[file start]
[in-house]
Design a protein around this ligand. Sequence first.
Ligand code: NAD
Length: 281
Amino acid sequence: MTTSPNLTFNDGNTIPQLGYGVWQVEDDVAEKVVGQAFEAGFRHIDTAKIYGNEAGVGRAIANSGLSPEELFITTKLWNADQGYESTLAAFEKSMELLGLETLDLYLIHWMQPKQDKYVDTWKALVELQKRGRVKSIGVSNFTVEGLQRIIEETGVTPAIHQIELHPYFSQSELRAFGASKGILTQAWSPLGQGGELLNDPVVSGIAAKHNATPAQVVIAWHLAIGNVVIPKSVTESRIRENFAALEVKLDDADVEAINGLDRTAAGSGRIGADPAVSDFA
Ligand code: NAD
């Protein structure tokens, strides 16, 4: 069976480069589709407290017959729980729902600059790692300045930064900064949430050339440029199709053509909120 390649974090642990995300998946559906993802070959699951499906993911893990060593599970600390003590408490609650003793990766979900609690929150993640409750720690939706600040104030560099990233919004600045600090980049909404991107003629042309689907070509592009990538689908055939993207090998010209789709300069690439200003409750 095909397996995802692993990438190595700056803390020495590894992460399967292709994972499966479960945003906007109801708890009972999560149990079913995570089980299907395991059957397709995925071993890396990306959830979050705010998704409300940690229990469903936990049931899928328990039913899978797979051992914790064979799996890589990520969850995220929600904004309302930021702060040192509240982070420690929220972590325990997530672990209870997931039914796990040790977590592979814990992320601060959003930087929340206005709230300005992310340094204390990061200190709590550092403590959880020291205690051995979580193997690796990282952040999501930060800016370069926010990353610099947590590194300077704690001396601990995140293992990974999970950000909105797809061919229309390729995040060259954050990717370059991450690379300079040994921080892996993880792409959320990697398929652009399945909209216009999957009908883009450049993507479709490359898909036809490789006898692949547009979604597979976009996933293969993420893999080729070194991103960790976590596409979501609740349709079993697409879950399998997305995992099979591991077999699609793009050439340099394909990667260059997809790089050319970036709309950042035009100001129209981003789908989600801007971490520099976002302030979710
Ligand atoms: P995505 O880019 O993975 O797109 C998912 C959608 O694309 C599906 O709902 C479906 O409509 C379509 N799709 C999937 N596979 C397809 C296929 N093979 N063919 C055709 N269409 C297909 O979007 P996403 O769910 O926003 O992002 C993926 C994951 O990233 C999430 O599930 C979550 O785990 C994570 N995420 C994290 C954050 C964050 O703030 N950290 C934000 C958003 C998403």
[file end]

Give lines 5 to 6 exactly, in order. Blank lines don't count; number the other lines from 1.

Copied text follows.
Amino acid sequence: MTTSPNLTFNDGNTIPQLGYGVWQVEDDVAEKVVGQAFEAGFRHIDTAKIYGNEAGVGRAIANSGLSPEELFITTKLWNADQGYESTLAAFEKSMELLGLETLDLYLIHWMQPKQDKYVDTWKALVELQKRGRVKSIGVSNFTVEGLQRIIEETGVTPAIHQIELHPYFSQSELRAFGASKGILTQAWSPLGQGGELLNDPVVSGIAAKHNATPAQVVIAWHLAIGNVVIPKSVTESRIRENFAALEVKLDDADVEAINGLDRTAAGSGRIGADPAVSDFA
Ligand code: NAD